Travel

Amanda Watson
News Editor
2 minute read
22 Nov 2021
7:30 am

SANParks imagines what the future of tourism will look like

Amanda Watson

Questions SANParks has been asking include; what will the park look like, who will it serve, who will work here and what will we offer?

Free access will be valid from 22 until 26 November at Augrabies Falls National Parks. Photo: Twitter/Elroy Hartnick/@SANParks

Even as Addo Elephant National Park finally officially celebrated its 90th birthday yesterday as SA National Parks
Week kicks off, goals are already being set for 2040.

“We not only have to look at new ways of sustaining ourselves as a business but also funding the work we do,” said SANParks board chair Pamela Yako.

“Tourism is a business of people. So how do we bring that back and not lose the sense that we are about people?”

Yako said that the new board had started asking themselves the “hard questions”.

“What is the kind of SANParks people want to see by 2040? What does it look like, who does it serve, who works at our parks and what are we offering everyone,” Yako said. “We would like to hear [from people], if you’re going to come back in 2040, what would you like to see?”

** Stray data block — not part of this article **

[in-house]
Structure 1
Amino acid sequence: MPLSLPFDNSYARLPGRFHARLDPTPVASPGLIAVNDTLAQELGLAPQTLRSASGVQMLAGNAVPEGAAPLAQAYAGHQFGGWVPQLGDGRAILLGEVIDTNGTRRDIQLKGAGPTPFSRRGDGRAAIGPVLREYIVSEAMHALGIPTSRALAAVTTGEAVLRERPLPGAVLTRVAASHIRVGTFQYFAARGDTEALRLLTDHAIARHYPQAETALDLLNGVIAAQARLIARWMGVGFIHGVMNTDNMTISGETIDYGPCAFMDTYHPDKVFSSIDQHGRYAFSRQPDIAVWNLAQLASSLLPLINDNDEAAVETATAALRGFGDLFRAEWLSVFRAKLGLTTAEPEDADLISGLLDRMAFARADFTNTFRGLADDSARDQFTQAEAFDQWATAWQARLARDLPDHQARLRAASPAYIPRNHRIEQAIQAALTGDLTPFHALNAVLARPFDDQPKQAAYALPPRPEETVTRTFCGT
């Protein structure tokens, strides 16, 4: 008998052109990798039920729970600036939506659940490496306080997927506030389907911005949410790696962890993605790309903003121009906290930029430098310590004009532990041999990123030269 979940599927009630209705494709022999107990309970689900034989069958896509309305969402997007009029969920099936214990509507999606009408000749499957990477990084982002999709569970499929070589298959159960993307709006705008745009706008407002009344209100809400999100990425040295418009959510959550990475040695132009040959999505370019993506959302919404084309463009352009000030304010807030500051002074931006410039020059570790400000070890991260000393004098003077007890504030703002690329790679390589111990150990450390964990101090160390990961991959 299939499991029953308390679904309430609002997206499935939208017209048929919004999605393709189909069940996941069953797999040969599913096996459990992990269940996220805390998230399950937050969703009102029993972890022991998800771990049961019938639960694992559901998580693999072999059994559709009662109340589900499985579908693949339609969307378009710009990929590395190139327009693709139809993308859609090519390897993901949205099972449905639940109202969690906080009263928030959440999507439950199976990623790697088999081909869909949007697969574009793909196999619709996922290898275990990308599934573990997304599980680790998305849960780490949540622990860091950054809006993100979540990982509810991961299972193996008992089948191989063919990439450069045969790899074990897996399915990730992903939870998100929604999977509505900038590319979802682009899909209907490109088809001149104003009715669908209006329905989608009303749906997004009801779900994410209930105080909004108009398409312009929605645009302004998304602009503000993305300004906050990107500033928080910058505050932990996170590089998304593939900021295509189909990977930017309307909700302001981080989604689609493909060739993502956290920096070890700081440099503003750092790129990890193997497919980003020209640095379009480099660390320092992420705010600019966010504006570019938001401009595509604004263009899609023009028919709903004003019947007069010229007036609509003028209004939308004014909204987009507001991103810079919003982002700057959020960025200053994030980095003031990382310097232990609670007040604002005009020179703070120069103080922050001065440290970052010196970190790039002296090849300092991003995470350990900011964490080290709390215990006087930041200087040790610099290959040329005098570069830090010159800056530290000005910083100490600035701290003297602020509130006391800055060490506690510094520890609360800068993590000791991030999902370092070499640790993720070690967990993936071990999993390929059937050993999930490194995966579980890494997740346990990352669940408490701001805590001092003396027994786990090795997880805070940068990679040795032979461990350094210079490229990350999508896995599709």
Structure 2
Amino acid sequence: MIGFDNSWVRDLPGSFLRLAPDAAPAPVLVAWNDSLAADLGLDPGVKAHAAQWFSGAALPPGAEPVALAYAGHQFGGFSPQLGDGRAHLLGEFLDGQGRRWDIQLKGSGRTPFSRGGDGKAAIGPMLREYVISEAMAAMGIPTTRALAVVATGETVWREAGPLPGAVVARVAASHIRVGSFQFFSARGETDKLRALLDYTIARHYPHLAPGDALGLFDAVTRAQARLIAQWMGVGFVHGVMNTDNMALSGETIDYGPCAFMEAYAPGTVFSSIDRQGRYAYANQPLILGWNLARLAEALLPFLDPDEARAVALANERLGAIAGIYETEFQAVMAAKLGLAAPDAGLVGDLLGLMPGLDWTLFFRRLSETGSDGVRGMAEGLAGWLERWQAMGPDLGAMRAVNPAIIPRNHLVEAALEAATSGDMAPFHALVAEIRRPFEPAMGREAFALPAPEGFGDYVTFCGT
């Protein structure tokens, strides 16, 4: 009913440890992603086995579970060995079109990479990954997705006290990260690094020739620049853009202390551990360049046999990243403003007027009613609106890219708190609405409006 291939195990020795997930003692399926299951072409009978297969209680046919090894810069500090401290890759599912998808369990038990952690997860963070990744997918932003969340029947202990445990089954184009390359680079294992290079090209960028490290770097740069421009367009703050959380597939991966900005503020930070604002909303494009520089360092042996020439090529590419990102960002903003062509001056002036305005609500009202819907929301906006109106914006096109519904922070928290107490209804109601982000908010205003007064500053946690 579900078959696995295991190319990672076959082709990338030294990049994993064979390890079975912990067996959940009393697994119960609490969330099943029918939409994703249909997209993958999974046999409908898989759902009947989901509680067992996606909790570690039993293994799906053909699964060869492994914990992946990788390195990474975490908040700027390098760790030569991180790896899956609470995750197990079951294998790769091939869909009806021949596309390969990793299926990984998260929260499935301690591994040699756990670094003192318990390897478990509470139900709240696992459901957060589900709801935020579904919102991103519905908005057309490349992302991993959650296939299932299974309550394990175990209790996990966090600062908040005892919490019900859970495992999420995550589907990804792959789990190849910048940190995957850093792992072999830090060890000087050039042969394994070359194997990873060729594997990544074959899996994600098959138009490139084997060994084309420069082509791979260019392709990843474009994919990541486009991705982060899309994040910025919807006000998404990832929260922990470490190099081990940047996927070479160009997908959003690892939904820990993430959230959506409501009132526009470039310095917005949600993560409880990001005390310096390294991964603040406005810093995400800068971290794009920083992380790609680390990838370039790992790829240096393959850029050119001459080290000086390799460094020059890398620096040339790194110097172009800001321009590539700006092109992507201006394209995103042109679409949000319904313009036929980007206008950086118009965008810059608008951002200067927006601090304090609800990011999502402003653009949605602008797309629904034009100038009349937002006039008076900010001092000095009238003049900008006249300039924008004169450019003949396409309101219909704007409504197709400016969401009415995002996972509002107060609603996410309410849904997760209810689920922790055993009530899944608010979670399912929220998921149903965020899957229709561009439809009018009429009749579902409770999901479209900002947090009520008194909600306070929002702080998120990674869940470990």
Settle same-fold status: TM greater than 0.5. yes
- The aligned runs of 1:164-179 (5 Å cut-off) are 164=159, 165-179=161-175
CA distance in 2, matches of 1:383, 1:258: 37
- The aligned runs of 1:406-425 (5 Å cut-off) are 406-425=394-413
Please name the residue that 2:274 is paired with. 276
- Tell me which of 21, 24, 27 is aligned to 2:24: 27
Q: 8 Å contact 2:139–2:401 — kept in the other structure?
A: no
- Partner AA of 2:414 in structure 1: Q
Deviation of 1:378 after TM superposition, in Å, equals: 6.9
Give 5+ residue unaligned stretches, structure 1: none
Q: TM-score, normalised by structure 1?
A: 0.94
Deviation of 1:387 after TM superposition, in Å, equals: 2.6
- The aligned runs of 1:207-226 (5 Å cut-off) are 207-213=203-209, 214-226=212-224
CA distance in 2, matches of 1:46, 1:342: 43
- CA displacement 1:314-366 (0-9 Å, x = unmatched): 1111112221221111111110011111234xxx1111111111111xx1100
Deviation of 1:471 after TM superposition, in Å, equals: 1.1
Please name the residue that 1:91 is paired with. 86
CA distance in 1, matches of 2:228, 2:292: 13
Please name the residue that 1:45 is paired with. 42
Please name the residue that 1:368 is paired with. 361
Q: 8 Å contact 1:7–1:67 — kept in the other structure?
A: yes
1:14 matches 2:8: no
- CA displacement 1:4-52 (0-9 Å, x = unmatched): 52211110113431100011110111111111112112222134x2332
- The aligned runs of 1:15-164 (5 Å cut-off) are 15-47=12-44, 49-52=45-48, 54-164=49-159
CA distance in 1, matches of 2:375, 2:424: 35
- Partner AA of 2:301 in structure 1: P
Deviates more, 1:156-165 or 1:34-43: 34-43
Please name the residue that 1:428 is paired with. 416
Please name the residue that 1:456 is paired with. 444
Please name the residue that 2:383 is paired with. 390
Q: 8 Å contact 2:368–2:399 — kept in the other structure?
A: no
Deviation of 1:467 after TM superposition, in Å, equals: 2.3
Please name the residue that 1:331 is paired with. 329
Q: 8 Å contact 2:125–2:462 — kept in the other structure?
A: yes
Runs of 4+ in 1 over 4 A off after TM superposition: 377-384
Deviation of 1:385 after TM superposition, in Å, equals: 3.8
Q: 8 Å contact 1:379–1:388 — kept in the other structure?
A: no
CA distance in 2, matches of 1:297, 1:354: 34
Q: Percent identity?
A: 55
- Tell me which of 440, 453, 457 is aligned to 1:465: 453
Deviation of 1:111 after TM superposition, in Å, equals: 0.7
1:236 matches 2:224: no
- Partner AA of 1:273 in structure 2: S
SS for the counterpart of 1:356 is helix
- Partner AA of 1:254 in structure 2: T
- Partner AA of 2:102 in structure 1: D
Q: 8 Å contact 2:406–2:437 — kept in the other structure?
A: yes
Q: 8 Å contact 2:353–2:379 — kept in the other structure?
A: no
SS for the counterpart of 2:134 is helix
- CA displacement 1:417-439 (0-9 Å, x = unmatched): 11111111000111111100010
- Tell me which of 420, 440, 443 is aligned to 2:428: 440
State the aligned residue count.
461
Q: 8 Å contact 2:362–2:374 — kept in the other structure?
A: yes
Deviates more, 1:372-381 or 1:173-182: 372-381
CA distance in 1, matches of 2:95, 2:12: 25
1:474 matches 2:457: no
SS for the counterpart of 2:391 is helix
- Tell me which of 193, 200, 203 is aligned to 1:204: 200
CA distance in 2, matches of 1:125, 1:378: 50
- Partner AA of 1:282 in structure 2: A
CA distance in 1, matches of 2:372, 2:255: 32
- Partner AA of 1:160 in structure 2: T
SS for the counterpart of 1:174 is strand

Yako isn’t the only one looking to the future, with Covid having hammered the park last year.

Addo Park manager Nick de Goede said pre-Covid visitors were 50% local and 50% foreign.

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“After the lockdown, we were quite lucky,” De Goede said.

“The SA public really supported us. As SANParks, we are 84% self-reliant so you can imagine with no people coming through the system how hard it hit us.”

While they did receive some bailout money from the Presidential Stimulus funding for upkeep, many businesses around Addo which rely on international tourists were also hit by the lockdown.

De Goede is putting plans into place to reduce the parks half a million rand a month sewage bill by building a water treatment plant to recycle water back into the park, which has none of its own.

“This is one of the few parks which is expanding yearly. Last year we purchased an additional two farms, and we’re negotiating for another,” De Goede said.

As one of four parks which makes money, De Goode said there was a need to improve it. Recent visitors would have noticed the budding solar farms used to pump water into the park. And an “eco-bridge” may be built soon for wildlife to cross the active railway line which splits the park.

– amandaw@citizen.co.za